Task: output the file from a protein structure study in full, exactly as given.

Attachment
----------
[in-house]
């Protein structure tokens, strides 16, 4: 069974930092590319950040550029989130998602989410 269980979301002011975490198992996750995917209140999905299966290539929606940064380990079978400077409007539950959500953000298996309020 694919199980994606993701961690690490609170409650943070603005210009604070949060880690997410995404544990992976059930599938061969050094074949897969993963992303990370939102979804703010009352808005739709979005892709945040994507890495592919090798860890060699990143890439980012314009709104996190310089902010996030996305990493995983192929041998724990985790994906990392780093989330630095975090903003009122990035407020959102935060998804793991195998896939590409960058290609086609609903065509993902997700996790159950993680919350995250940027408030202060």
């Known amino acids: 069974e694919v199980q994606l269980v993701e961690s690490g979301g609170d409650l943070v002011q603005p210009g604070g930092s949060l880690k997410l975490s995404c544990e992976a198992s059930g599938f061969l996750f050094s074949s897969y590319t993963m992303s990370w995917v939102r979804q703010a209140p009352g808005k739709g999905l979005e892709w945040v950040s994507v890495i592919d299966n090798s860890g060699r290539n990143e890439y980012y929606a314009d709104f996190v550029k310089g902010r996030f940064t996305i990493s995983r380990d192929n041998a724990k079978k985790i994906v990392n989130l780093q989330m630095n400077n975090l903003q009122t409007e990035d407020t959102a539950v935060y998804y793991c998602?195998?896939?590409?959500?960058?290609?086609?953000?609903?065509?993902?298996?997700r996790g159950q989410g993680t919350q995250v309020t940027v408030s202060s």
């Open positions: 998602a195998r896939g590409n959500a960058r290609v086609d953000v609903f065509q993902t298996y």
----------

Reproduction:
[in-house]
């Protein structure tokens, strides 16, 4: 069974930092590319950040550029989130998602989410 269980979301002011975490198992996750995917209140999905299966290539929606940064380990079978400077409007539950959500953000298996309020 694919199980994606993701961690690490609170409650943070603005210009604070949060880690997410995404544990992976059930599938061969050094074949897969993963992303990370939102979804703010009352808005739709979005892709945040994507890495592919090798860890060699990143890439980012314009709104996190310089902010996030996305990493995983192929041998724990985790994906990392780093989330630095975090903003009122990035407020959102935060998804793991195998896939590409960058290609086609609903065509993902997700996790159950993680919350995250940027408030202060």
């Known amino acids: 069974e694919v199980q994606l269980v993701e961690s690490g979301g609170d409650l943070v002011q603005p210009g604070g930092s949060l880690k997410l975490s995404c544990e992976a198992s059930g599938f061969l996750f050094s074949s897969y590319t993963m992303s990370w995917v939102r979804q703010a209140p009352g808005k739709g999905l979005e892709w945040v950040s994507v890495i592919d299966n090798s860890g060699r290539n990143e890439y980012y929606a314009d709104f996190v550029k310089g902010r996030f940064t996305i990493s995983r380990d192929n041998a724990k079978k985790i994906v990392n989130l780093q989330m630095n400077n975090l903003q009122t409007e990035d407020t959102a539950v935060y998804y793991c998602?195998?896939?590409?959500?960058?290609?086609?953000?609903?065509?993902?298996?997700r996790g159950q989410g993680t919350q995250v309020t940027v408030s202060s």
């Open positions: 998602a195998r896939g590409n959500a960058r290609v086609d953000v609903f065509q993902t298996y």